Immunohistochemical, ChIP, and microarray analysis reveals how stromal AR controls prostate cancer outcome through fibroblast specific action of androgen signalling on ECM production and DNA licensing
D. Leach1, E. Need1, D. DeFranco2, C. Pinnock3, S. Chopra3,4, R. Taylor5, G. Risbridger5 & G. Buchanan1
A breakdown in stromal-epithelial interactions mediated by androgens is emerging as a key factor in prostate cancer (PCa) aetiology and progression. Currently however, we have limited knowledge of the mechanics of androgen and androgen receptor (AR) action in prostate stroma, or how dysfunction in that compartment contributes to the disease process.
In this study, immunohistochemical analysis of 64 PCa samples revealed an inverse relationship between stromal AR content and both primary tumour burden and PCa-related death (P<0.05). In contrast, epithelial AR content was positively related to Gleson stage and tumour burden but not outcome (P<0.03). These relationships were not evident in patient-matched BPH samples. In order to understand how stromal AR might inhibit progression, we investigated androgen action in the AR positive prostate myofibroblast cell line, pshTERT-AR. By chromatin immunoprecipitation, we find lineage-specific chromatin occupancy of regulatory elements by the AR. These differences in DNA interactions leads to divergent enhancement of functional pathways and physiological response. Microarray profiling revealed that only 10% of the genes regulated by androgen in myofibroblasts were also regulated in PCa epithelial cells. This distinct set of genes regulated by androgens lead to regulation of adhesion and ECM production pathways specifically in fibroblasts, as well as opposing effects on apoptosis and cell cycle pathways in comparison to epithelial cells. A key outcome is divergent growth responses, with androgens inhibiting fibroblast proliferation (66% control at 5 days; P=0.002) potentially via DNA licensing protein, FBXO32, but stimulating epithelium (50%, P=0.001). Importantly, androgens were also found to alter the constituents of fibroblast-deposited extracellular matrix (ECM), resulting enhanced anchorage of both fibroblasts (40%; P<0.05) and PCa epithelia (35%, P<0.05). In summary, the loss of fibroblast/stromal AR is predicted to stimulate fibroblast proliferation, dysregulate stromal-epithelial interactions in the prostate microenvironment, decrease ECM adhesive characteristics and create an environment that predisposes to epithelial metastasis.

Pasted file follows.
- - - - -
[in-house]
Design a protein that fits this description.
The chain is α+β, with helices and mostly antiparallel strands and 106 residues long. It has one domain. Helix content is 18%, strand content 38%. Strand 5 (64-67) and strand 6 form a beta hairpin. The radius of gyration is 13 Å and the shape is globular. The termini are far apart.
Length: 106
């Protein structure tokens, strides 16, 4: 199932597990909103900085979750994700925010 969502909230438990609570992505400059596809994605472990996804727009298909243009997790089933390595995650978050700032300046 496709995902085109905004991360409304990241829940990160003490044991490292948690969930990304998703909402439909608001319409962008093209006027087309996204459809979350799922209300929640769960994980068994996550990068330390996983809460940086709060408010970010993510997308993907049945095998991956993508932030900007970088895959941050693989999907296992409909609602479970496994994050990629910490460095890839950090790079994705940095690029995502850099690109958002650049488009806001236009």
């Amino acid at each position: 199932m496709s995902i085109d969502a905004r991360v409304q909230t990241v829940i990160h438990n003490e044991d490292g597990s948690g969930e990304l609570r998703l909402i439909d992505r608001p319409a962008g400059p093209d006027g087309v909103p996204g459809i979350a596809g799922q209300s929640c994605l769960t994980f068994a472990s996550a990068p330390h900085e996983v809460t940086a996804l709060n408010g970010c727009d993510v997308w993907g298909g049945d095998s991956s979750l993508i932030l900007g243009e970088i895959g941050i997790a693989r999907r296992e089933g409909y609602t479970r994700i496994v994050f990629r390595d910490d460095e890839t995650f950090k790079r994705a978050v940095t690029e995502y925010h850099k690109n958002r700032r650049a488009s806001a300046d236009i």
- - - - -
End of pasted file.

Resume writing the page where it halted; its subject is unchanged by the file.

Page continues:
Declaration of interest: The authors declare that there is no conflict of interest that could be perceived as prejudicing the impartiality of the research project.
Funding: This work was supported, however funding details unavailable.